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Identity & Community

US Army To Return Remains Of 10 Native American Children To Families

Russell Eagle Bear
Regina Garcia Cano
In this May 6, 2016, file photo, Russell Eagle Bear, the historic preservation officer for the Rosebud Sioux Tribe, stands in his office in in Rosebud, S.D. A group of tribes pushing to place Pe' Sla, a site that's sacred to the Great Sioux Nation, into a federal trust has come up against the state of South Dakota. The state in April appealed a federal decision to take the land purchased by the tribes into trust. (AP Photo/Regina Garcia Cano, File)

The remains of 10 children who died at Carlisle Indian Industrial School in Cumberland County between 1880 and 1910 are slated to be exhumed this summer.

Aleut family members will return the remains of one child to Saint Paul Island in Alaska, and Rosebud Sioux descendants will take nine children back to a tribal veteran’s cemetery in South Dakota or to private family plots.

The Office of Army Cemeteries Director Renea Yates said the disinterment was postponed last year due to COVID-19, and she expects the project to continue next year or in 2023.

“The Army’s committed to returning these children if the families desire having them returned to their ancestral lands, so we stand ready to support them with that,” Yates said.

She said family members will be present throughout the process, which is scheduled to begin June 14 and expected to last about a month. The Army will require everyone on site to be vaccinated against COVID-19.

The Federal Register from April 2, 2021 lists the names of the children to be returned: “Sophia Tetoff from the Alaskan Aleut; and from the Rosebud Sioux: Lucy Take the Tail (Pretty Eagle); Rose Long Face (Little Hawk); Ernest Knocks Off (White Thunder); Dennis Strikes First (Blue Tomahawk); Maud Little Girl (Swift Bear); Friend Hollow Horn Bear; Warren Painter (Bear Paints Dirt); Alvan (Kills Seven Horses); Dora Her Pipe (Brave Bull).”

Carlisle’s was the first of the U.S. government’s boarding schools designed to forcibly assimilate Native American children. It opened in 1879 and housed more than 10,000 children over its history before closing in 1918. Children were forbidden from speaking their native languages and experienced harsh conditions that sometimes led to disease.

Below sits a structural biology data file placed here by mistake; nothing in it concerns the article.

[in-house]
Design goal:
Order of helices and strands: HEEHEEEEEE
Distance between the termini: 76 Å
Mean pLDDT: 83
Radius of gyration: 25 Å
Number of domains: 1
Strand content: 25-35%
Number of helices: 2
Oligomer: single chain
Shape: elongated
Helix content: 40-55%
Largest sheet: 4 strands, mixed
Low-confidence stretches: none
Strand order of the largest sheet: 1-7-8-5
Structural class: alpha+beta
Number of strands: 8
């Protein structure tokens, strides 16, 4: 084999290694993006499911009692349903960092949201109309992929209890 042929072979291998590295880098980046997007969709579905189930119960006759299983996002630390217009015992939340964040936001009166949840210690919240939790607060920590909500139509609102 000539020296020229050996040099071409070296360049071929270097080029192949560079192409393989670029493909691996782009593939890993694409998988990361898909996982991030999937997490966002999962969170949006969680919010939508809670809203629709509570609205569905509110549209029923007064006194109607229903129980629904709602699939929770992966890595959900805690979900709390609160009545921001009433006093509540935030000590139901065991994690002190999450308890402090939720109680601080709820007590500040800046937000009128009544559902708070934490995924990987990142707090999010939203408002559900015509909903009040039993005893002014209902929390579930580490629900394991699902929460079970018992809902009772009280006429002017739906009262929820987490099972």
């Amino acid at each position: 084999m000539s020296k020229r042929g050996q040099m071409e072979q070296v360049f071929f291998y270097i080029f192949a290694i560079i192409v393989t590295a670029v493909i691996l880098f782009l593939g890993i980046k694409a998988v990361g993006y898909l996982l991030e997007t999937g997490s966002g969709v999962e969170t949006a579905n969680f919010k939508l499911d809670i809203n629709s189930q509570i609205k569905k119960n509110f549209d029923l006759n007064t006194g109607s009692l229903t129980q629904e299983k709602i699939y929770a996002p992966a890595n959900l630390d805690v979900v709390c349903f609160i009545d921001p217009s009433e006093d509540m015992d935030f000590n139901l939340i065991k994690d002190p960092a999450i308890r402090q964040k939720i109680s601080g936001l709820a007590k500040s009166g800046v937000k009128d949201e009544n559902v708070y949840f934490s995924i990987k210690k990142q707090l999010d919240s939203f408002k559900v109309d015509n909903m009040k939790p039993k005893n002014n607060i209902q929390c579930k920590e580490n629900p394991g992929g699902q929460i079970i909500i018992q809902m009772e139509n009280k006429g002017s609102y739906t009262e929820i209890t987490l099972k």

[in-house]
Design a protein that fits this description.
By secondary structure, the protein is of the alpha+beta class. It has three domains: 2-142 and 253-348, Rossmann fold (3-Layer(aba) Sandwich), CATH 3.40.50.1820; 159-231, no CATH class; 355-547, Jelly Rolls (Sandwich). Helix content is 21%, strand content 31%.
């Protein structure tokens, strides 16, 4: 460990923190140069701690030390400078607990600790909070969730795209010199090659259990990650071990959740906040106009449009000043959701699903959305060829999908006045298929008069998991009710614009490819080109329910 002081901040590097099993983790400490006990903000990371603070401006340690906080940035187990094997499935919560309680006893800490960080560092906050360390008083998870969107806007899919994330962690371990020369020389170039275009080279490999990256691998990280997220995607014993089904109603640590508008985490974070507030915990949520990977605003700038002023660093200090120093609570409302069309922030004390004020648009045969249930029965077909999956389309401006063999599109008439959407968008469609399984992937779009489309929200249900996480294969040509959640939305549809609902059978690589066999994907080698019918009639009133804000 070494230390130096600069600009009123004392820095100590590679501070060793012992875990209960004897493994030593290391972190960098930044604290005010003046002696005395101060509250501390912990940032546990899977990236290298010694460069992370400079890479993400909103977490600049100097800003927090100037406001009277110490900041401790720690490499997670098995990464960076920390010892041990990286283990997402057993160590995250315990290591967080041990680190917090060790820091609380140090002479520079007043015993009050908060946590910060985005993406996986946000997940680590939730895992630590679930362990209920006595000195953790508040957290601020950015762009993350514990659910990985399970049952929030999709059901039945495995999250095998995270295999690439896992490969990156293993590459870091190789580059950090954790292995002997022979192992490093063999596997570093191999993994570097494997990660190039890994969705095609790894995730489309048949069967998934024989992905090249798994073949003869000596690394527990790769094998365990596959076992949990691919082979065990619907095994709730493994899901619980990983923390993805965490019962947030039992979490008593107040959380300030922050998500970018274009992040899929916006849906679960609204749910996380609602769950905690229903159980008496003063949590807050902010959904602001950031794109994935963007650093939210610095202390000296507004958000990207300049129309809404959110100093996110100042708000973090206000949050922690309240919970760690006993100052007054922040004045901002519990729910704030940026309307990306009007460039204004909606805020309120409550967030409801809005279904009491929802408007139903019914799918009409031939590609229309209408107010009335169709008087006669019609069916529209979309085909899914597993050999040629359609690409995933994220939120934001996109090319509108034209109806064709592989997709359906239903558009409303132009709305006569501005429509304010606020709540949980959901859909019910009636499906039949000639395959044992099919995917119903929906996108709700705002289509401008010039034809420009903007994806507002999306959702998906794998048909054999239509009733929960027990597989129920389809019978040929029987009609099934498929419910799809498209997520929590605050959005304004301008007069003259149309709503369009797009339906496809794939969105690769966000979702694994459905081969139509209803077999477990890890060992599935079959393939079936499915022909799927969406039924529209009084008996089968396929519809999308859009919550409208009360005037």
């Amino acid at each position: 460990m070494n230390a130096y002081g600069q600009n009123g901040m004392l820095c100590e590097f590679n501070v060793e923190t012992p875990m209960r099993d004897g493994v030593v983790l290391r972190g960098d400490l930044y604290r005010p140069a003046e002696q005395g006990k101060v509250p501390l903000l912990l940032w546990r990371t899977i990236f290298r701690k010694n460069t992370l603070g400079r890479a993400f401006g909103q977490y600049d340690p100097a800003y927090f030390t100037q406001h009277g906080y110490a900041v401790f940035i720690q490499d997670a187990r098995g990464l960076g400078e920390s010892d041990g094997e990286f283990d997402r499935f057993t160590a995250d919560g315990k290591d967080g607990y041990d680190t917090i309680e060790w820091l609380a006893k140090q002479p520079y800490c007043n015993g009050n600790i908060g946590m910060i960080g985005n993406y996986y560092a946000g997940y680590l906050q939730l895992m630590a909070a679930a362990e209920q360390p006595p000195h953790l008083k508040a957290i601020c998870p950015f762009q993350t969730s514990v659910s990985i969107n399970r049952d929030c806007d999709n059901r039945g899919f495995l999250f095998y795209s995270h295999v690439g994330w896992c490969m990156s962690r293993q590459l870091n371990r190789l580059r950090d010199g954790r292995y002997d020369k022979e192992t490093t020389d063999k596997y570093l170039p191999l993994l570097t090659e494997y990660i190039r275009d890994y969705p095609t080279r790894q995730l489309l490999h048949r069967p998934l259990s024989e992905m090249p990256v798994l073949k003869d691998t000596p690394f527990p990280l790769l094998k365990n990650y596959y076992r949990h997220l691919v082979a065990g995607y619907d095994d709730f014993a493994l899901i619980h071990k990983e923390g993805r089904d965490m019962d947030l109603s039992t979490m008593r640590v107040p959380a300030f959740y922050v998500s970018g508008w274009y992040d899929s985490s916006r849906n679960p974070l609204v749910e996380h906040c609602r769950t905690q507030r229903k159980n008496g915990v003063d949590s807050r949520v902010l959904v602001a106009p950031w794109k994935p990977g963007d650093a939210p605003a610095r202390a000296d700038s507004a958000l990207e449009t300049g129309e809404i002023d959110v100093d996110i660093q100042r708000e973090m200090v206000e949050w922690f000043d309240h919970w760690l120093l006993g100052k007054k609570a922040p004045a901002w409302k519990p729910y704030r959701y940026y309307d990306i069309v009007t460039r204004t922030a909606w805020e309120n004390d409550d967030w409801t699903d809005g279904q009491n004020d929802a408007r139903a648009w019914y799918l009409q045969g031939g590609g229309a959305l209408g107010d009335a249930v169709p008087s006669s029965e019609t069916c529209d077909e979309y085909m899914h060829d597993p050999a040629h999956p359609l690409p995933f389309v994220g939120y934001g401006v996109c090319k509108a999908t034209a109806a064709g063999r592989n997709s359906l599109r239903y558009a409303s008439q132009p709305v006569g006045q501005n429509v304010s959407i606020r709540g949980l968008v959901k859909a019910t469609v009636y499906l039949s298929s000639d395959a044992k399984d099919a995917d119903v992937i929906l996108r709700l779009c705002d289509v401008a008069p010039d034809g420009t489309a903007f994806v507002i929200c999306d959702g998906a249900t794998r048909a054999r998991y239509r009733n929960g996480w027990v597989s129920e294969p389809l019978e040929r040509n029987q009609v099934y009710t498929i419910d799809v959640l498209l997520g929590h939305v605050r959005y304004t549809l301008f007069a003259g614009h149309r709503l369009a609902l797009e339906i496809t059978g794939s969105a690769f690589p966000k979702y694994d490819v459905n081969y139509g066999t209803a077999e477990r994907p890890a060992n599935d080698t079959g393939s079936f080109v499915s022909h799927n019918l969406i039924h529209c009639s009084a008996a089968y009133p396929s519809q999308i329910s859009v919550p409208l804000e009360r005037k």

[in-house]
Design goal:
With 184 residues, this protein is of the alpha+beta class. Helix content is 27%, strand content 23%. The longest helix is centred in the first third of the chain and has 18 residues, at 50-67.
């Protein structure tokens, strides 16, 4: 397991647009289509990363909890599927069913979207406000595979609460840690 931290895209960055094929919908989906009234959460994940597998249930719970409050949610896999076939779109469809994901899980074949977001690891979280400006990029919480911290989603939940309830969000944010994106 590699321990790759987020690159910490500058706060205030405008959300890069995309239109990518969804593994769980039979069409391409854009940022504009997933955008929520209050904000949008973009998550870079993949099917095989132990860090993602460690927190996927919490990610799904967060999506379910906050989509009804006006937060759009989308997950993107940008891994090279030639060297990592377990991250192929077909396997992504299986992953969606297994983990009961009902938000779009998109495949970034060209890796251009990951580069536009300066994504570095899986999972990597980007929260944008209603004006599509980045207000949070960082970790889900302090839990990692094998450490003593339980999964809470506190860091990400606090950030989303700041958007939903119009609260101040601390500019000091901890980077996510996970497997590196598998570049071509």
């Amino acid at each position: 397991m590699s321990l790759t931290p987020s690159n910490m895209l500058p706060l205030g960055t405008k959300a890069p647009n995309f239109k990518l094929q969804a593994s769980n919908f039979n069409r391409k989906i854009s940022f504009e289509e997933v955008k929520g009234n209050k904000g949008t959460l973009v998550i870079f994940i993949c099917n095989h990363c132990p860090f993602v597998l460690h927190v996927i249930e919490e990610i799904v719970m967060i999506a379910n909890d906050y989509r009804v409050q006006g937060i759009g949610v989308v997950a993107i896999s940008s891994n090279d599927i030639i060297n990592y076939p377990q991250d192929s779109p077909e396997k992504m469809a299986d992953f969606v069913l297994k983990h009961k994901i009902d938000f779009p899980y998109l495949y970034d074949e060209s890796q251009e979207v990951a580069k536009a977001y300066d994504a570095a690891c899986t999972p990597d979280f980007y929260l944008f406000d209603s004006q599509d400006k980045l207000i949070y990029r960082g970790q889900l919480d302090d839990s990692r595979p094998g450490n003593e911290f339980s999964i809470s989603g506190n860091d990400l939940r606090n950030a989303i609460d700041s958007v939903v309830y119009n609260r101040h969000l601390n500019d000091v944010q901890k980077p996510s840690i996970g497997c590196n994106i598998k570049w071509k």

More than 180 children were buried in the cemetery.

Historian Barbara Landis wrote an essay debunking ghost stories surrounding a Rosebud Sioux child whose name translated to Take the Tail and who died within months of her arrival in Carlisle. Her name was changed at the school to Lucy Pretty Eagle and later used in a children’s historical fiction book as part of the Scholastic series, Dear America.

Landis and a group of non-native and native women wrote a review pointing out stereotypes and inaccuracies in the book, including its depiction of Lucy Pretty Eagle.

“She was not this ghost story,” she said. “She was a little girl who passed away far away from home under horrible circumstances and her remains were never returned to her home community.”

Take the Tail’s remains are among those of eight children being returned to Rosebud Sioux family members this year.

The remains of some children who died at the school were sent home, while others were buried in communities where they had been sent to work as teenagers, according to Landis. She said the so-called “outings” were unique to the Carlisle school.

Landis wrote that although Take the Tail was the 32nd child to be buried at the school, her grave was the first to be relocated when the original cemetery was moved to a new location on the property in the late 1920s.

“The United States literally tried to erase that cemetery by moving it to a small area at the very back gate of the Carlisle Barracks,” she said. The former school buildings and grounds are now part of the U.S. Army War College.

When the Army changed its security procedure after the 9/11 attacks, Landis said, the cemetery became one of the first things people would see entering the Carlisle Barracks.

The relocation has presented challenges during disinterment. In 2017, the first year that remains were exhumed and returned to descendants, anthropologists discovered one of the graves was marked incorrectly.

“It could always happen once we open the location,” Renea Yates said. “That’s why there’s extreme diligence used.”

Anthropologists analyze the remains to ensure the age and sex matches that of the child in the records.

In 2018, the Army returned the remains of three students to their surviving family members. In 2019, six children were returned.

Yates said family members request exhumations from the Army, which works to identify the gravesites. Tribal Historic Preservation Offices research the children’s genealogy and the histories of their experiences at the school.

Dickinson College hosts a library of documents to support such research.

Read more from our partners, WITF.